Posted in Turtle Research on Nov 30, 2018
The Bellinger River Sawshell, *Myuchelys georgesi*, is facing some serious challenges. In an article that appeared this week in the journal Endangered Species Research, we report the disturbing observation that the endangered endemic *Myuchelys georgesi* is hybridizing in the wild with the locally introduced *Emydura macquarii*, which threatens Its very existence.
Posted in Turtle Research on Mar 13, 2018
Conservationists, wildlife biologists and other experts converted on Singapore Zoo this week for intensive scrutiny of what is known of the freshwater turtles of Asia, New Guinea and environs. They paint a sober picture, with many species moving to vulnerable or from vulnerable to endangered, or from endangered to critically endangered.
Posted in Turtle Research on Mar 13, 2018
The Bellinger River Turtle, Myuchelys georgesi, is in trouble. A virus recently decimated the population, virtually extirpating the adult population from its restricted native range. Effectively, only juveniles remain. In this article, which appeared today an Biological Conservation, we outline our views on the causes of the decline.
Posted in Turtle Research on Mar 03, 2018
There is no vertebrate group facing greater survival problems today than turtles. Turtles saw the great dinosaurs come and go and are now facing their own extinction crisis -- John Behler. Scientists have now revised their assessment of the 25 turtles most at risk of extinction, to increase the imperative for governments to take action. Two Australian freshwater turtles are on the list.
Posted in Turtle Research on Dec 18, 2017
Congratulations to Matt Young and Yolarnie Amepou on securing funding from the Mohamed bin Zayed Species Conservation Fund for their work in Papua New Guinea. The project is administered by the Institute for Applied Ecology at the University of Canberra in partnership with the Piku Biodiversity Network in PNG.
Posted in Turtle Research on Nov 17, 2017
Next-Generation DNA Sequencing is going to be brought to bear on wildlife trafficking for Australian freshwater turtles thanks to a grant to Matt Young from the Holsworth Wildlife Research Endowment Fund. Well done Matt Young on securing this support.
Posted in Turtle Research on Nov 09, 2017
An exciting new NGO has emerged from the Piku program that has operated out of the University of Canberra since 2006. Our sponsors gave us the lead -- it is time for this program to transition to PNG leadership, and we agreed. The Piku Biodiversity Network was incorporated last week and will be led by Public Officer Yolarnie Amepou. The Board comprises persons with impeccable connections to community and sustainability programs within PNG, and a representative from UC. The new NGO received a welcome injection of funds last night, by way of a donation of 10,000 kina from the PNG-Australia Alumni Association.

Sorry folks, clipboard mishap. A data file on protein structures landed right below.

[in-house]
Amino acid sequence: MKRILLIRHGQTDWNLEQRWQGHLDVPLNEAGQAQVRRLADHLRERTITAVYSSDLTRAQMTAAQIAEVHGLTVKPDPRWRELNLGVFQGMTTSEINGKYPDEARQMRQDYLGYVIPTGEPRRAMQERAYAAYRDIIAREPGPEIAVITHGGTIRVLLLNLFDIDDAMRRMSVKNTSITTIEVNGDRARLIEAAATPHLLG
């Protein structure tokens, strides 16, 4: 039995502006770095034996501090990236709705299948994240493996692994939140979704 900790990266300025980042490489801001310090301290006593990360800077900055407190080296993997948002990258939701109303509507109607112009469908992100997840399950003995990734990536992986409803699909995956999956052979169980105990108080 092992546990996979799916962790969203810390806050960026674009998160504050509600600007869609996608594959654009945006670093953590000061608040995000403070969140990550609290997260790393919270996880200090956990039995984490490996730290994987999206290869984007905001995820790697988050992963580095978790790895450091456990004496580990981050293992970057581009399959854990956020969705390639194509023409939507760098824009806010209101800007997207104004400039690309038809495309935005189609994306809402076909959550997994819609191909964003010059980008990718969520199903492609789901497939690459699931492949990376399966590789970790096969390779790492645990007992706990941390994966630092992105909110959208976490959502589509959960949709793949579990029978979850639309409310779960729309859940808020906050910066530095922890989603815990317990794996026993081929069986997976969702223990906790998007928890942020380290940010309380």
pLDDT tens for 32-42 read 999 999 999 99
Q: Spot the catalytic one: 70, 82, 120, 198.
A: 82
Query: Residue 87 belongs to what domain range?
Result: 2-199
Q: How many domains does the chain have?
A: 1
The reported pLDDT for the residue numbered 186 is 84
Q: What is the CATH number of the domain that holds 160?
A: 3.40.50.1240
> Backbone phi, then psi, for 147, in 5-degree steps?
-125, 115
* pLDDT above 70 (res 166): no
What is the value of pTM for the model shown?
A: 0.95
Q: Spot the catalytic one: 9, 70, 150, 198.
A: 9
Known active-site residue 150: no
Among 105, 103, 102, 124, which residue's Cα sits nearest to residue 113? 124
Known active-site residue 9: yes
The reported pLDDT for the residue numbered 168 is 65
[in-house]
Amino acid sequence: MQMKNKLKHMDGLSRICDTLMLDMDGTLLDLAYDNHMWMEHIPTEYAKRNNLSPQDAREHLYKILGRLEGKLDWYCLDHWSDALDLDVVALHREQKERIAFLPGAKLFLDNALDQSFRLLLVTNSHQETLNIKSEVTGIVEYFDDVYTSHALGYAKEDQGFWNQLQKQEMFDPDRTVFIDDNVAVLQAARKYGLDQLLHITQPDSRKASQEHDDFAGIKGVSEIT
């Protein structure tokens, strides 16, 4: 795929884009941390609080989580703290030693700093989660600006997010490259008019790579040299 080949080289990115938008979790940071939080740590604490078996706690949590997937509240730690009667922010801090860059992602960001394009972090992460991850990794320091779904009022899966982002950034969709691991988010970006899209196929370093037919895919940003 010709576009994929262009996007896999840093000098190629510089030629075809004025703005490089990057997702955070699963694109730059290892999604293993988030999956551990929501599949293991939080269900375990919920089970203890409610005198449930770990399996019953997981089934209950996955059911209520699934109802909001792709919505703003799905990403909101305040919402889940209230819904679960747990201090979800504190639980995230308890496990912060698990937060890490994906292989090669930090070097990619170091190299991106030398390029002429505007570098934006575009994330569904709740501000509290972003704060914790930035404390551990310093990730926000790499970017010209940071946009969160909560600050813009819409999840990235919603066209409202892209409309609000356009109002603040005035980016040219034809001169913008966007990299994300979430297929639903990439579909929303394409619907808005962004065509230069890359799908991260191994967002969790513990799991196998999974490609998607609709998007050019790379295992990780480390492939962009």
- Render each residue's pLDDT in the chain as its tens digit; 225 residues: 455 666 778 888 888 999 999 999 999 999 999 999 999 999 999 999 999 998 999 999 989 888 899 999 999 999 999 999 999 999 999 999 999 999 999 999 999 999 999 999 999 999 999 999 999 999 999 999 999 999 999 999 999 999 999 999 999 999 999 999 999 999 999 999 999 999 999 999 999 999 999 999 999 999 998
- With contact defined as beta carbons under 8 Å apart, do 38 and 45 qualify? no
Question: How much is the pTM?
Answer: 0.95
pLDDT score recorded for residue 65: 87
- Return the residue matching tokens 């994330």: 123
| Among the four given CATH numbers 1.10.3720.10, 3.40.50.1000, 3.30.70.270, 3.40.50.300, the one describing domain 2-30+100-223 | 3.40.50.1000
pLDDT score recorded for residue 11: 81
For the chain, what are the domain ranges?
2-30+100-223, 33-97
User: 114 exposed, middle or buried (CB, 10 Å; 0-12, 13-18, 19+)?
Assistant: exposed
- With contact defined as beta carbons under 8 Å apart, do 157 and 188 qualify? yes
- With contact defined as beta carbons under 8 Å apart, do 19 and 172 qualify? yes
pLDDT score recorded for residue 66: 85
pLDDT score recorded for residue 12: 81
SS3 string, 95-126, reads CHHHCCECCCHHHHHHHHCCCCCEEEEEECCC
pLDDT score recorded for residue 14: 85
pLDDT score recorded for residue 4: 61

Posted in Turtle Research on Oct 24, 2017
Congratulations to IAE Masters student Yolarnie Amepou on being named one to the United Nations 2017 Youth Champion for the Sustainable Development Goals in PNG. The pesentation was made at the commemoration of the 72nd anniversary of the United Nations, in Port Moresby, PNG.
Posted in Turtle Research on Aug 24, 2017
Congratulations to Carla Eisemberg and Yolarnie Amepou of the IAE on securing funding from Exxon-Mobil PNG to attend the 7th Kutubu Kundu Digaso Festival in PNG later this month. The Kutubu Kundu and Digaso Festival celebrates the importance of the kundu drum and the Digaso oil in the traditional culture of the Kutubu people in the Southern Highlands Province. Cultural groups will travel from remote parts of the province to participate in the festival celebrations.
Posted in Turtle Research on Aug 06, 2017
Friday, Turtles of the World, and today I receive a copy of Freshwater Turtles of Australia by John Cann and Ross Sadlier. This is a greatly improved version of John Cann's earlier book on the same topic -- a spectacular expose of the diversity and form of the unusual turtle fauna of Australia, dominated as it is by the family Chelidae. Beautifully illustrated and accompanied by a wealth of experience that John has accumulated through decades of passionate enquiry. The taxonomy is a bit odd I must say, not in many cases following the lead given by the article by myself and Scott Thomson in 2010, or the Turtles of the World compendium, or the official list of turtles prepared by the Australian Society of Herpetologists. Cann and Sadlier go it alone, which is their perogative, with taxonomic rearrangements that reduce some species to the level of subspecies, and elsewhere raise a plethora of geographic variants to subspecies. This aside, it is a must for anyone who shares our passion for this fascinating group of reptiles.